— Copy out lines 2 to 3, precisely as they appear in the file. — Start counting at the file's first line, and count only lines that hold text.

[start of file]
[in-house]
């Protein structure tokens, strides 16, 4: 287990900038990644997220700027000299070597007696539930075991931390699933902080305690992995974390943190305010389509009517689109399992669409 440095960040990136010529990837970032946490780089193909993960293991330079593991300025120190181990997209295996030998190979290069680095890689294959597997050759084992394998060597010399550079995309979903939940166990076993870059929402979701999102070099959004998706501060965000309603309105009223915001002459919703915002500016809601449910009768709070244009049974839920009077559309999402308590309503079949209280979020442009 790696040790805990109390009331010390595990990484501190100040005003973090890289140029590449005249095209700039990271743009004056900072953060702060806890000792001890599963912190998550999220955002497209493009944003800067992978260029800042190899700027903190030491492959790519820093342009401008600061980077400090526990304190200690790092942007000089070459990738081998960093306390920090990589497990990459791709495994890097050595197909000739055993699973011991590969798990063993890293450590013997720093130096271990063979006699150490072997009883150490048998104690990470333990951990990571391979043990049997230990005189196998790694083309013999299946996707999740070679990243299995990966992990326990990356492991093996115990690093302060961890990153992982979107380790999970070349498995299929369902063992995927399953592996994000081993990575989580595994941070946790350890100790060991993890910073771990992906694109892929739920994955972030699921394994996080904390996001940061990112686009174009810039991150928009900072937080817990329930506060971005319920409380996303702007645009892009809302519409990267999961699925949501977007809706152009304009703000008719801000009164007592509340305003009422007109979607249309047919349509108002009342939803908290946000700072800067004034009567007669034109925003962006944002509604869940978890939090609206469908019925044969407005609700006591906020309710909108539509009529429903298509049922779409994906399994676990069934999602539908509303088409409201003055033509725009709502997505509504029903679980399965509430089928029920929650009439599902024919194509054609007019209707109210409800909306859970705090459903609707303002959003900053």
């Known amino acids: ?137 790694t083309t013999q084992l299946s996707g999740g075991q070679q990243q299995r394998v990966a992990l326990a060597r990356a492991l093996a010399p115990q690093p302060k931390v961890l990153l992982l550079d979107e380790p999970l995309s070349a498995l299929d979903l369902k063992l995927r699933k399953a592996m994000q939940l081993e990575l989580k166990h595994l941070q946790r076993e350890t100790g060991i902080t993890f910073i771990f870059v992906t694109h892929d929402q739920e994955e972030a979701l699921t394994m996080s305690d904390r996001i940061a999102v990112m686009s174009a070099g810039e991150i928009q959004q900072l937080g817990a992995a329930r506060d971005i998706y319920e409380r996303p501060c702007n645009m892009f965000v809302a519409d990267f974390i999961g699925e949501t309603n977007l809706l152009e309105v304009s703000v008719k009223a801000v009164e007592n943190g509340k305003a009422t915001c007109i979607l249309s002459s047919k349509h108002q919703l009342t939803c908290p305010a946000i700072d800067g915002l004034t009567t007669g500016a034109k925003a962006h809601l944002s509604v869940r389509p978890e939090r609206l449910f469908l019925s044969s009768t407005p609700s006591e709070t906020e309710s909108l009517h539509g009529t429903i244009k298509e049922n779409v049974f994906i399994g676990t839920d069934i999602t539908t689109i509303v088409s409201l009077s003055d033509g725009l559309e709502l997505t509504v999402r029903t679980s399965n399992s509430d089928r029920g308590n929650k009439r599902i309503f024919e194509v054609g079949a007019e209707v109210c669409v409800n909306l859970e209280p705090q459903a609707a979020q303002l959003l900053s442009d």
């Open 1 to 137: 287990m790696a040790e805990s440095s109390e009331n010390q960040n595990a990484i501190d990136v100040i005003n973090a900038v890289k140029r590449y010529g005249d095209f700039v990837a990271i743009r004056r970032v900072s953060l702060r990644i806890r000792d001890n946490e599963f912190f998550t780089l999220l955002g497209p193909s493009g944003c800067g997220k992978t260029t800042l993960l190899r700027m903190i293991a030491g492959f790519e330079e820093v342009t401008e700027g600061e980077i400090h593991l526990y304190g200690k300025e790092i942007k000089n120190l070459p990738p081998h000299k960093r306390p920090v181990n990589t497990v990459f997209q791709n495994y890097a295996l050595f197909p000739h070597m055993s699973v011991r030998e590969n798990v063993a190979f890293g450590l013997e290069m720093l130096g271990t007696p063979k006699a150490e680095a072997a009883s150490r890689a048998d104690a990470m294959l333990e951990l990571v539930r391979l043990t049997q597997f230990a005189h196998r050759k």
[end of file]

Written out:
């Protein structure tokens, strides 16, 4: 287990900038990644997220700027000299070597007696539930075991931390699933902080305690992995974390943190305010389509009517689109399992669409 440095960040990136010529990837970032946490780089193909993960293991330079593991300025120190181990997209295996030998190979290069680095890689294959597997050759084992394998060597010399550079995309979903939940166990076993870059929402979701999102070099959004998706501060965000309603309105009223915001002459919703915002500016809601449910009768709070244009049974839920009077559309999402308590309503079949209280979020442009 790696040790805990109390009331010390595990990484501190100040005003973090890289140029590449005249095209700039990271743009004056900072953060702060806890000792001890599963912190998550999220955002497209493009944003800067992978260029800042190899700027903190030491492959790519820093342009401008600061980077400090526990304190200690790092942007000089070459990738081998960093306390920090990589497990990459791709495994890097050595197909000739055993699973011991590969798990063993890293450590013997720093130096271990063979006699150490072997009883150490048998104690990470333990951990990571391979043990049997230990005189196998790694083309013999299946996707999740070679990243299995990966992990326990990356492991093996115990690093302060961890990153992982979107380790999970070349498995299929369902063992995927399953592996994000081993990575989580595994941070946790350890100790060991993890910073771990992906694109892929739920994955972030699921394994996080904390996001940061990112686009174009810039991150928009900072937080817990329930506060971005319920409380996303702007645009892009809302519409990267999961699925949501977007809706152009304009703000008719801000009164007592509340305003009422007109979607249309047919349509108002009342939803908290946000700072800067004034009567007669034109925003962006944002509604869940978890939090609206469908019925044969407005609700006591906020309710909108539509009529429903298509049922779409994906399994676990069934999602539908509303088409409201003055033509725009709502997505509504029903679980399965509430089928029920929650009439599902024919194509054609007019209707109210409800909306859970705090459903609707303002959003900053």
């Known amino acids: ?137 790694t083309t013999q084992l299946s996707g999740g075991q070679q990243q299995r394998v990966a992990l326990a060597r990356a492991l093996a010399p115990q690093p302060k931390v961890l990153l992982l550079d979107e380790p999970l995309s070349a498995l299929d979903l369902k063992l995927r699933k399953a592996m994000q939940l081993e990575l989580k166990h595994l941070q946790r076993e350890t100790g060991i902080t993890f910073i771990f870059v992906t694109h892929d929402q739920e994955e972030a979701l699921t394994m996080s305690d904390r996001i940061a999102v990112m686009s174009a070099g810039e991150i928009q959004q900072l937080g817990a992995a329930r506060d971005i998706y319920e409380r996303p501060c702007n645009m892009f965000v809302a519409d990267f974390i999961g699925e949501t309603n977007l809706l152009e309105v304009s703000v008719k009223a801000v009164e007592n943190g509340k305003a009422t915001c007109i979607l249309s002459s047919k349509h108002q919703l009342t939803c908290p305010a946000i700072d800067g915002l004034t009567t007669g500016a034109k925003a962006h809601l944002s509604v869940r389509p978890e939090r609206l449910f469908l019925s044969s009768t407005p609700s006591e709070t906020e309710s909108l009517h539509g009529t429903i244009k298509e049922n779409v049974f994906i399994g676990t839920d069934i999602t539908t689109i509303v088409s409201l009077s003055d033509g725009l559309e709502l997505t509504v999402r029903t679980s399965n399992s509430d089928r029920g308590n929650k009439r599902i309503f024919e194509v054609g079949a007019e209707v109210c669409v409800n909306l859970e209280p705090q459903a609707a979020q303002l959003l900053s442009d």